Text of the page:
Places Discussed

(Critical Guide to Settings and Places in Literature)

New York State

New York State. When François-René de Chateaubriand visited the United States in 1791, he saw only parts of New York and the New England states. Nevertheless, he impressed his readers with an imaginative description of the Niagara Falls, although the nearest he ever got to them was New York City. Accuracy was never important to him.

American wilderness

American wilderness. Chateaubriand’s novel, which he later combined with René (1802) in a work he titled Le Génie du Christianisme (1802; The Genius of Christianity), develops the theory of the French philosopher Jean-Jacques Rousseau that “noble savages”—such as Native North Americans—who are uncorrupted by European influences are purer and more religious than their European counterparts. Rousseau himself admitted that the “noble savage” was a myth and never claimed that it corresponded to reality; however, Chateaubriand made effective use of this myth by transforming North America’s “noble savages” into committed converts to Roman Catholicism.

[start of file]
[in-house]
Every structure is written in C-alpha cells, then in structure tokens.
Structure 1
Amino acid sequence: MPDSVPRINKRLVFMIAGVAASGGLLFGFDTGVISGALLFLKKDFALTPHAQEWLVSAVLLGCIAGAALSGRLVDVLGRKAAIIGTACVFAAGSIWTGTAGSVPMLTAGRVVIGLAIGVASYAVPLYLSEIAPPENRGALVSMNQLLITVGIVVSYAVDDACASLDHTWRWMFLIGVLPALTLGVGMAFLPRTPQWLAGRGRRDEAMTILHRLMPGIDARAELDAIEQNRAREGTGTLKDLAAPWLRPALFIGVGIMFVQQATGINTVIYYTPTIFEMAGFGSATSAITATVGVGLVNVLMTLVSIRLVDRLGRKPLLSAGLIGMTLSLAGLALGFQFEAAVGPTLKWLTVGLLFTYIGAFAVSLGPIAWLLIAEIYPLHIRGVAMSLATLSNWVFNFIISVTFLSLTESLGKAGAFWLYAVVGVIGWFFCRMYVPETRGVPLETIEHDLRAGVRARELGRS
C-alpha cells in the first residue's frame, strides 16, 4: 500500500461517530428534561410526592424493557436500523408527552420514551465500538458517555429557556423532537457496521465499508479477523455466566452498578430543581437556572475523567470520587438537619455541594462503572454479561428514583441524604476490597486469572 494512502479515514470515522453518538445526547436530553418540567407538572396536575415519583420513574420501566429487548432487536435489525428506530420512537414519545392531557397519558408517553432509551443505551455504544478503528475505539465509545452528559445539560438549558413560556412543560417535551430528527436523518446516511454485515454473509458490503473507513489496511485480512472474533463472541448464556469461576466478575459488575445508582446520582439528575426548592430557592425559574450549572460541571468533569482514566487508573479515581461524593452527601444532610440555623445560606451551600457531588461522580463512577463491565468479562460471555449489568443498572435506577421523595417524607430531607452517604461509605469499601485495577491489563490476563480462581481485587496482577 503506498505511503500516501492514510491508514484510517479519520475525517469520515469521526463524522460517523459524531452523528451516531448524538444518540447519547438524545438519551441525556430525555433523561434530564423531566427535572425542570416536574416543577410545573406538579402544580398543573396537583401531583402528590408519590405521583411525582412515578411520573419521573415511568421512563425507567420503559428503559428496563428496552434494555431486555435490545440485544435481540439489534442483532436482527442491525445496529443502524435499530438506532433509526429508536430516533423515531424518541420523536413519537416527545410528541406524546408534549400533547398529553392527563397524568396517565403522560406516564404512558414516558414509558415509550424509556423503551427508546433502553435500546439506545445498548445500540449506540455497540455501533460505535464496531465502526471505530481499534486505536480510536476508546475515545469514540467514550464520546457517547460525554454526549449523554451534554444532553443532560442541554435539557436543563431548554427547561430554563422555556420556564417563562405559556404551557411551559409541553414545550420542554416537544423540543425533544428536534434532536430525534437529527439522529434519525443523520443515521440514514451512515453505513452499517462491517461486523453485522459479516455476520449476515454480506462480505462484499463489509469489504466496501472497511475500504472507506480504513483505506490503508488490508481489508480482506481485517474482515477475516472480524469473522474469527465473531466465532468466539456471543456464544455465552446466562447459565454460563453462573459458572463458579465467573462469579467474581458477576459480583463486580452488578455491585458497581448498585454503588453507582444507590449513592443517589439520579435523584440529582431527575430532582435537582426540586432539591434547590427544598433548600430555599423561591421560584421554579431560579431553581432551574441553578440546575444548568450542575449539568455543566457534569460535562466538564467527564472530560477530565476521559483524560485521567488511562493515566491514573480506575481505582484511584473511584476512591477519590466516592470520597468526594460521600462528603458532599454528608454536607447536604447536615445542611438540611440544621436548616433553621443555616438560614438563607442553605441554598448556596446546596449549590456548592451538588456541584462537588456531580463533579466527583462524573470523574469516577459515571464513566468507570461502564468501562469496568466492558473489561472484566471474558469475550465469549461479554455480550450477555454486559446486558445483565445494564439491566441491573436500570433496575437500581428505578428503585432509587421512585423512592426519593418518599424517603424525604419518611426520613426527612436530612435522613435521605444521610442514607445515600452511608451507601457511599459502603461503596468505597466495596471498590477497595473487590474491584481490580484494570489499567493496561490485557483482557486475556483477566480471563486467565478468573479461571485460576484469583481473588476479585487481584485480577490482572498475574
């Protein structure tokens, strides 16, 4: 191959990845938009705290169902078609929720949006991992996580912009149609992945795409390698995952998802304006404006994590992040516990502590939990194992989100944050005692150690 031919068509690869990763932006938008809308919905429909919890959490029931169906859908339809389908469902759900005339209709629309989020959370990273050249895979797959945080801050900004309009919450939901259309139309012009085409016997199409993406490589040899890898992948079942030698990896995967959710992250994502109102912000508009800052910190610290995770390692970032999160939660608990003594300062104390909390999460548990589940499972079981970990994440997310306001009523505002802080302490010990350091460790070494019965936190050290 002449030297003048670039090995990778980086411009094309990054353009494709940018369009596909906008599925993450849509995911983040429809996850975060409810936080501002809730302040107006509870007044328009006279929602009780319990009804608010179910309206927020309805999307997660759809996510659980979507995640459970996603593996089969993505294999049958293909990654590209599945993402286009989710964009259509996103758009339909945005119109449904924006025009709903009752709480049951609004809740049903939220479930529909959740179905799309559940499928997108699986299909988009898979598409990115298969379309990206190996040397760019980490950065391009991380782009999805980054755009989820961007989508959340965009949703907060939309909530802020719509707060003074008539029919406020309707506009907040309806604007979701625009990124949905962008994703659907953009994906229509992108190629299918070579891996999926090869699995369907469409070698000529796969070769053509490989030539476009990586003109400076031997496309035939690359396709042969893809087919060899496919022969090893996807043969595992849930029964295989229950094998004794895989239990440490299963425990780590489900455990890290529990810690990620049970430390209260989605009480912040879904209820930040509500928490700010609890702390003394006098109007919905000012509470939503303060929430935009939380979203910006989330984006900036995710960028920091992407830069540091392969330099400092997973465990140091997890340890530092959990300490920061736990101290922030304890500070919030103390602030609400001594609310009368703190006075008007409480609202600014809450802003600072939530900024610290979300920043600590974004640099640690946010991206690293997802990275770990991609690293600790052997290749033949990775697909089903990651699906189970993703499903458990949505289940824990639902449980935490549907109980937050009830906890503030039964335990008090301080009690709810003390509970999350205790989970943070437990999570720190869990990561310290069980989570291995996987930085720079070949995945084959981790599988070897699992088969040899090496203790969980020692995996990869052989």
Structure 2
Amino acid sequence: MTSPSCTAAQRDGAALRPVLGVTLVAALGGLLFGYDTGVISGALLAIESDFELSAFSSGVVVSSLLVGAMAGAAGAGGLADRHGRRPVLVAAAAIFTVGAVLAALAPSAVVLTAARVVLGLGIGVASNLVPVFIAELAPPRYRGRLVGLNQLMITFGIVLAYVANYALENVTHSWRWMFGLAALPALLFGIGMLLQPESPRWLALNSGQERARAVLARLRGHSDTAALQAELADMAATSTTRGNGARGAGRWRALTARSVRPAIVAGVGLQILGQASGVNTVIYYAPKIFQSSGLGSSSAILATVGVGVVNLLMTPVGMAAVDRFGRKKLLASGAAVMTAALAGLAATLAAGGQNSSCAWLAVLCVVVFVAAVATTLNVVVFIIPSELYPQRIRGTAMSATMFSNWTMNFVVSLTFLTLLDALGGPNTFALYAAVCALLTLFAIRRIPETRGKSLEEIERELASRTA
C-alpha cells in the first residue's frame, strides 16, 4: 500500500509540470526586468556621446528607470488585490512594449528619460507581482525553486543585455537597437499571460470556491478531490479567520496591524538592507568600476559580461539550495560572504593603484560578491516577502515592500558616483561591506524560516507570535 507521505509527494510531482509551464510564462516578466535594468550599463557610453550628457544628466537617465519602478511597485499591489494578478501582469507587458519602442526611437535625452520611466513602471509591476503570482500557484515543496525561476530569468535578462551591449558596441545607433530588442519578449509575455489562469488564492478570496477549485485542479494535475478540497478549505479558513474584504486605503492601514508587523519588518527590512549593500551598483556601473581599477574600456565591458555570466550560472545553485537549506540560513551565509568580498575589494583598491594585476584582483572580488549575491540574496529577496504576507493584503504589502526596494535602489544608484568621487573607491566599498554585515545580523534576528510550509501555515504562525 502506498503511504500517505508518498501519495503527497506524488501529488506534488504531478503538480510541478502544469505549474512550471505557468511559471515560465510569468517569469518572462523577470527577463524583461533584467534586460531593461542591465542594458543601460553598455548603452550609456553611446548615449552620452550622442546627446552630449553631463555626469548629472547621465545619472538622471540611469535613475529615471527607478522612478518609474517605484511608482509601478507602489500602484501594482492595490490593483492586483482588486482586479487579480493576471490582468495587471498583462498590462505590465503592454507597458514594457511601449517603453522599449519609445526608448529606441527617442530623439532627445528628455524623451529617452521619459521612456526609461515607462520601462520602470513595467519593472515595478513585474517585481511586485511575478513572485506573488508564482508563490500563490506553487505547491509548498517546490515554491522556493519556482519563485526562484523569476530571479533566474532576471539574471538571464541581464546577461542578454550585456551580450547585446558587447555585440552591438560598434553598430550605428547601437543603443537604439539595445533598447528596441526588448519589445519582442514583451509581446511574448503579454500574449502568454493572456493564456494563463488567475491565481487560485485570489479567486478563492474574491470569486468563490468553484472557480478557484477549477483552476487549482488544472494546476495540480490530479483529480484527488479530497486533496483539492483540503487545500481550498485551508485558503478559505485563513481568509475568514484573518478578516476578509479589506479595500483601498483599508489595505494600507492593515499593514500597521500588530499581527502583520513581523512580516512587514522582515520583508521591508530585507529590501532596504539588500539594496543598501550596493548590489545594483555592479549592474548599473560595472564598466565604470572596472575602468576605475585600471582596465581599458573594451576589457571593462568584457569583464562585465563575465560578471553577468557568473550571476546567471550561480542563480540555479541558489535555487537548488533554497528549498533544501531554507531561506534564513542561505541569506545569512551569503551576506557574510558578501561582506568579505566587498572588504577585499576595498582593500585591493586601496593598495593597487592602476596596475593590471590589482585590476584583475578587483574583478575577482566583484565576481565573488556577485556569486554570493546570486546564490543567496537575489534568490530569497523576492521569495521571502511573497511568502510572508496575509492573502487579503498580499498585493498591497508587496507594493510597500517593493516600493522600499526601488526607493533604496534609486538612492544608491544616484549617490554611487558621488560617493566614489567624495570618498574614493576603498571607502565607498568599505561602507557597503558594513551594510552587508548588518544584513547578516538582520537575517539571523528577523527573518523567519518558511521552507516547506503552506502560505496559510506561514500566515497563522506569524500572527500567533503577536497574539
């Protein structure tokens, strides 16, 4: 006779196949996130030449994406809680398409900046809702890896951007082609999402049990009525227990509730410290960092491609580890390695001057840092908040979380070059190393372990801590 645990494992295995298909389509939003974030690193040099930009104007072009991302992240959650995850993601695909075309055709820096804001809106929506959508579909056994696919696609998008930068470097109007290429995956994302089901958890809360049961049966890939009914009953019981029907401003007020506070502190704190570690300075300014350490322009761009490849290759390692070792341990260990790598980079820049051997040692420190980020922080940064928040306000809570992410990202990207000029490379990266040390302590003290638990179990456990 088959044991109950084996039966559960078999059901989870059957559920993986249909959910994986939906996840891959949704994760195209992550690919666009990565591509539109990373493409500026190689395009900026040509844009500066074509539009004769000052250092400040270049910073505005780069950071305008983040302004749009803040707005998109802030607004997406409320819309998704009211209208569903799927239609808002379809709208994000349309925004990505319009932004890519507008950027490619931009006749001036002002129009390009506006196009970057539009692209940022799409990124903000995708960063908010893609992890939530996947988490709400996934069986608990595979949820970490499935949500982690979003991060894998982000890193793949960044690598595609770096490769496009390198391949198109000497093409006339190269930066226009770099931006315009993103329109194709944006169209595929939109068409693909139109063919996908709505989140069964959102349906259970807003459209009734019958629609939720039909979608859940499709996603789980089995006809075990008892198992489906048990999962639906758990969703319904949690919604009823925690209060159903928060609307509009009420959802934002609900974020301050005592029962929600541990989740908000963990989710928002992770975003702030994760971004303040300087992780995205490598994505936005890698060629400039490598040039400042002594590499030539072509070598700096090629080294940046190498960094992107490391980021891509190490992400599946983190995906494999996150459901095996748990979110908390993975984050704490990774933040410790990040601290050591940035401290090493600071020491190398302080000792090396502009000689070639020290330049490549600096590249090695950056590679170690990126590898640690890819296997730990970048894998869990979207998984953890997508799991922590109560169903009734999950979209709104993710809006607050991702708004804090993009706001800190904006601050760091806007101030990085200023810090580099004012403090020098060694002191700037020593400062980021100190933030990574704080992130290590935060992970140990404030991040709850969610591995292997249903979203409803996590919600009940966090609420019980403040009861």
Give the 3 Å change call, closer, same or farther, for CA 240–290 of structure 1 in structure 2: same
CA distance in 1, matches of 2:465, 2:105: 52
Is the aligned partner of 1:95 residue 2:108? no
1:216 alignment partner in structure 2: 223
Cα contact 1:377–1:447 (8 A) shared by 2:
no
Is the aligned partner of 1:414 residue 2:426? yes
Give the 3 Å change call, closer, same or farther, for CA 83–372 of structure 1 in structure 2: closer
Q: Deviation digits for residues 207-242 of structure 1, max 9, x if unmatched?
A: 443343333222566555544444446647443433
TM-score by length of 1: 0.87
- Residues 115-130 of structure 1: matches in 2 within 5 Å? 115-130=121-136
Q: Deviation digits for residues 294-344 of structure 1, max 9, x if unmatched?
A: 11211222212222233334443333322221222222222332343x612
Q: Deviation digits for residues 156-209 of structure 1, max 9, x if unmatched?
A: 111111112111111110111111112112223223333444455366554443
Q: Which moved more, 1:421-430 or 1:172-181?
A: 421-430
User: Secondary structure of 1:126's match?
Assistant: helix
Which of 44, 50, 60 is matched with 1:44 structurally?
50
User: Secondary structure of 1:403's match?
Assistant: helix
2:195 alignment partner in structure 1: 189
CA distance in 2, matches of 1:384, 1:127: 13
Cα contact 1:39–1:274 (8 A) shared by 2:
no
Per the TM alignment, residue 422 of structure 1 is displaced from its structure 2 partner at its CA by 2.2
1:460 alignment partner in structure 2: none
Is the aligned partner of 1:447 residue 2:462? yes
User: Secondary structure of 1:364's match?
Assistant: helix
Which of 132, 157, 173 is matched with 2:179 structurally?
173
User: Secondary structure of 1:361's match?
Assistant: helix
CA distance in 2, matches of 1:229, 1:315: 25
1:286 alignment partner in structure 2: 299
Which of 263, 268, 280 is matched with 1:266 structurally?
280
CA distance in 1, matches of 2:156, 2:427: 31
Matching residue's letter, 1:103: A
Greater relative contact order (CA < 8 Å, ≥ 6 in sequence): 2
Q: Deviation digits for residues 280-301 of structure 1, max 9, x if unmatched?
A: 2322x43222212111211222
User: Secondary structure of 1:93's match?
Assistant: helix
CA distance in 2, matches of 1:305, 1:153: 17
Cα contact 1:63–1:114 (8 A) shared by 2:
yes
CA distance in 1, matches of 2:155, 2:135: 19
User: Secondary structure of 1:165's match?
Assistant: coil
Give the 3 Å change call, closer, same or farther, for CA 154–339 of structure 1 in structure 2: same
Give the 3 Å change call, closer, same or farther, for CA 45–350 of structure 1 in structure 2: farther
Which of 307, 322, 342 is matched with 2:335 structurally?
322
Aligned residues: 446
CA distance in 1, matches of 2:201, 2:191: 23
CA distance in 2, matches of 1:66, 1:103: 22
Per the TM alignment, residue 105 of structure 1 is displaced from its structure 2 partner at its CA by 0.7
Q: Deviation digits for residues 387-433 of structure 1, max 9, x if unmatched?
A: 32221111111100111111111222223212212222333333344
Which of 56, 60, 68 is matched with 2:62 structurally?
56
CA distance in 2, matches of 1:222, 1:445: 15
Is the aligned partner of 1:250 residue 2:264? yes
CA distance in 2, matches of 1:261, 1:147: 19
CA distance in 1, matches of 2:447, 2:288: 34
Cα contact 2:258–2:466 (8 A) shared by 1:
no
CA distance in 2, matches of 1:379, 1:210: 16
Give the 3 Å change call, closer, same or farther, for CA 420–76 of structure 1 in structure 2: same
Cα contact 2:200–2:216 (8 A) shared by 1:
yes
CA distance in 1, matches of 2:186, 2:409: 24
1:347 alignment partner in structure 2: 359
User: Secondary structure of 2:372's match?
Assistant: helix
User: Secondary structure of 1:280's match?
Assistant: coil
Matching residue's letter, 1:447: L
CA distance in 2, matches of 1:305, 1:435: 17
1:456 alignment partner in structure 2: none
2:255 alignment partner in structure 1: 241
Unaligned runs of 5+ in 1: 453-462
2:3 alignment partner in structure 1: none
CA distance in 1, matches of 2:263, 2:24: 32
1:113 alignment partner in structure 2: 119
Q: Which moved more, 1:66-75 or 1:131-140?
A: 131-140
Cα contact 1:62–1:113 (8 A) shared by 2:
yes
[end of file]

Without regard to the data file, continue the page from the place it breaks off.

The Indian characters in Atala live in a never-never land that has some resemblance to the Louisiana bayous, the Florida Everglades, the Mississippi Delta, and the mountains of eastern Tennessee and North Carolina. However, it is not possible to determine exactly where events in the book occur because of the book’s vagueness and a...

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(Great Characters in Literature)

Hamilton, Jane F. “Ritual Passage in Chateaubriand’s Atala.” Nineteenth Century French Studies 15, no. 4 (Summer, 1987): 385-393. This article applies psychological theories about rites of passage and heroic development to Atala.

Porter, Charles A. Chateaubriand: Composition, Imagination, and Poetry. Saratoga, Calif.: Anma Libri, 1978. This brief monograph is published through Stanford French and Italian Studies. The text focuses on Atala and its companion piece, René (1802), in light of their portrayals of and interactions with Christianity.

Porter, Laurence M. “Writing Romantic Epiphany: Atala, Seraphita, Aurelia, Dieu.” Romance Quarterly 34, no. 4 (November, 1987): 435-442. This article compares the heroine of Atala to characters in works by other French romantics, including Honoré de Balzac, Gérard de Nerval, and Victor Hugo.

Switzer, Richard. Chateaubriand. New York: Twayne, 1971. This book-length study approaches Chateaubriand’s literary output from a primarily biographical position. It places Atala in the context of Chateaubriand’s body of work, relating the text to trends in literature and thought.

Wang, Ben. “Inscribed Wilderness in Chateaubriand’s Atala.” Romance Notes 33, no. 3 (Spring, 1993): 279-287. Discusses Chateaubriand’s portrayals of nature and Native Americans in light of current ideas and literary theories.